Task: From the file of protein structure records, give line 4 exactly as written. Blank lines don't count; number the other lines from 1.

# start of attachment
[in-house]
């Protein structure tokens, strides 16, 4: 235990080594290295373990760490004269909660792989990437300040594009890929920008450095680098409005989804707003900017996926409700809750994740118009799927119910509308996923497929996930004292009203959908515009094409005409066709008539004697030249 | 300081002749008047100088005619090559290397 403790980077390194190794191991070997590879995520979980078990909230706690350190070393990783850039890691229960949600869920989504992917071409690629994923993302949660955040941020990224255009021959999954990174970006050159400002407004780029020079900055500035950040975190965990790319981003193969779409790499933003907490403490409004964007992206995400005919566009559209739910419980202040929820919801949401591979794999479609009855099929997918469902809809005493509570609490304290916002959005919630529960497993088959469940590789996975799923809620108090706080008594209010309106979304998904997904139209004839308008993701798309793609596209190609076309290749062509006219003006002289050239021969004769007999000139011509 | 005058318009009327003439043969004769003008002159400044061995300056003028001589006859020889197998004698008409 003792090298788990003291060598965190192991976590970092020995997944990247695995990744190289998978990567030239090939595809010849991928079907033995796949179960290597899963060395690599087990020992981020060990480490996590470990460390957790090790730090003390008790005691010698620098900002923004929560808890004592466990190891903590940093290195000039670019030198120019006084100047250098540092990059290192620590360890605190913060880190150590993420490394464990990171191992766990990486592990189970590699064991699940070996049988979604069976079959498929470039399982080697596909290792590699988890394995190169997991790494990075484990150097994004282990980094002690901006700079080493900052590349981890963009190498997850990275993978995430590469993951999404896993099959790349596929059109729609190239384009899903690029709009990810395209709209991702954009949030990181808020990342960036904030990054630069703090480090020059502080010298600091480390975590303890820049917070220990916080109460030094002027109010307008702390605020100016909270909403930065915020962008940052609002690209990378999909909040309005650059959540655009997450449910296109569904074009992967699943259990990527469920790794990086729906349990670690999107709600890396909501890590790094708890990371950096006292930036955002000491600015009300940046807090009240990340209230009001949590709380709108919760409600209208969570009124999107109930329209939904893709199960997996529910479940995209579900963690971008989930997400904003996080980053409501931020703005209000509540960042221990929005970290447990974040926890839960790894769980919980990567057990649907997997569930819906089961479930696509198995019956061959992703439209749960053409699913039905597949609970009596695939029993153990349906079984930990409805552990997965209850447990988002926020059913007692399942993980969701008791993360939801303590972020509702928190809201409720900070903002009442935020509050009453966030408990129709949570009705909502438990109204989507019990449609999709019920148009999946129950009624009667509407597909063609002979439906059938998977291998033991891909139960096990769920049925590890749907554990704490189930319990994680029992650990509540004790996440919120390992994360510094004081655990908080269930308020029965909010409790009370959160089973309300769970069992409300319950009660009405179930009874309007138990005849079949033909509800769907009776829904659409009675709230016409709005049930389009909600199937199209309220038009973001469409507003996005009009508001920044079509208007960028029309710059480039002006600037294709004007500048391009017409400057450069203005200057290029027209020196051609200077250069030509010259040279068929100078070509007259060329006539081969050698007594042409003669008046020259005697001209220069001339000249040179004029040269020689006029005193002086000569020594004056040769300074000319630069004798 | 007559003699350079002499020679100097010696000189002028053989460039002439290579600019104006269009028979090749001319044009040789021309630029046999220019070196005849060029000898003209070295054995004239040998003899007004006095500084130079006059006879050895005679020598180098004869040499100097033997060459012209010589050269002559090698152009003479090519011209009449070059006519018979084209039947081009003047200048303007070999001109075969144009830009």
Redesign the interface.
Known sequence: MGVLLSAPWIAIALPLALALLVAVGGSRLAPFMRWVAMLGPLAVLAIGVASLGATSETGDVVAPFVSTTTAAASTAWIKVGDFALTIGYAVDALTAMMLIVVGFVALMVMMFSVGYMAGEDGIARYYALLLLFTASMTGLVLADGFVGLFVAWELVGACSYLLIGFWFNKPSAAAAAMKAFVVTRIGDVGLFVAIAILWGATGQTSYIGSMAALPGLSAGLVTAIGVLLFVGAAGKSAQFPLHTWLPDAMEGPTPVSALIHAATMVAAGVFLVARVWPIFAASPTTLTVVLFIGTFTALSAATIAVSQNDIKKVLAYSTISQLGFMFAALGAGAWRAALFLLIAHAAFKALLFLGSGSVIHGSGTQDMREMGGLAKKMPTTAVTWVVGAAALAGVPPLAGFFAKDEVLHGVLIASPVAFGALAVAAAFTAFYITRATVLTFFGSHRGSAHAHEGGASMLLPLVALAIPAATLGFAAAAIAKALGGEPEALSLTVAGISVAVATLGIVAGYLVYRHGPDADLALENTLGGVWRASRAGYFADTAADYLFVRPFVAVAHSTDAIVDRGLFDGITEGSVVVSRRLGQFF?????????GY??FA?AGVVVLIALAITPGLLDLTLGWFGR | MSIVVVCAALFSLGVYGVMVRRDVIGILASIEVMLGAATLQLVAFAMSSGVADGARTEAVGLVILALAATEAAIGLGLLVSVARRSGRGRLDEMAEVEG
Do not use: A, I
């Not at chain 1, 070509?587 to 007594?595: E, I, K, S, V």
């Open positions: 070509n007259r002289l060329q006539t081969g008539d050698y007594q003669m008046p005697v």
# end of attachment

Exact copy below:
Known sequence: MGVLLSAPWIAIALPLALALLVAVGGSRLAPFMRWVAMLGPLAVLAIGVASLGATSETGDVVAPFVSTTTAAASTAWIKVGDFALTIGYAVDALTAMMLIVVGFVALMVMMFSVGYMAGEDGIARYYALLLLFTASMTGLVLADGFVGLFVAWELVGACSYLLIGFWFNKPSAAAAAMKAFVVTRIGDVGLFVAIAILWGATGQTSYIGSMAALPGLSAGLVTAIGVLLFVGAAGKSAQFPLHTWLPDAMEGPTPVSALIHAATMVAAGVFLVARVWPIFAASPTTLTVVLFIGTFTALSAATIAVSQNDIKKVLAYSTISQLGFMFAALGAGAWRAALFLLIAHAAFKALLFLGSGSVIHGSGTQDMREMGGLAKKMPTTAVTWVVGAAALAGVPPLAGFFAKDEVLHGVLIASPVAFGALAVAAAFTAFYITRATVLTFFGSHRGSAHAHEGGASMLLPLVALAIPAATLGFAAAAIAKALGGEPEALSLTVAGISVAVATLGIVAGYLVYRHGPDADLALENTLGGVWRASRAGYFADTAADYLFVRPFVAVAHSTDAIVDRGLFDGITEGSVVVSRRLGQFF?????????GY??FA?AGVVVLIALAITPGLLDLTLGWFGR | MSIVVVCAALFSLGVYGVMVRRDVIGILASIEVMLGAATLQLVAFAMSSGVADGARTEAVGLVILALAATEAAIGLGLLVSVARRSGRGRLDEMAEVEG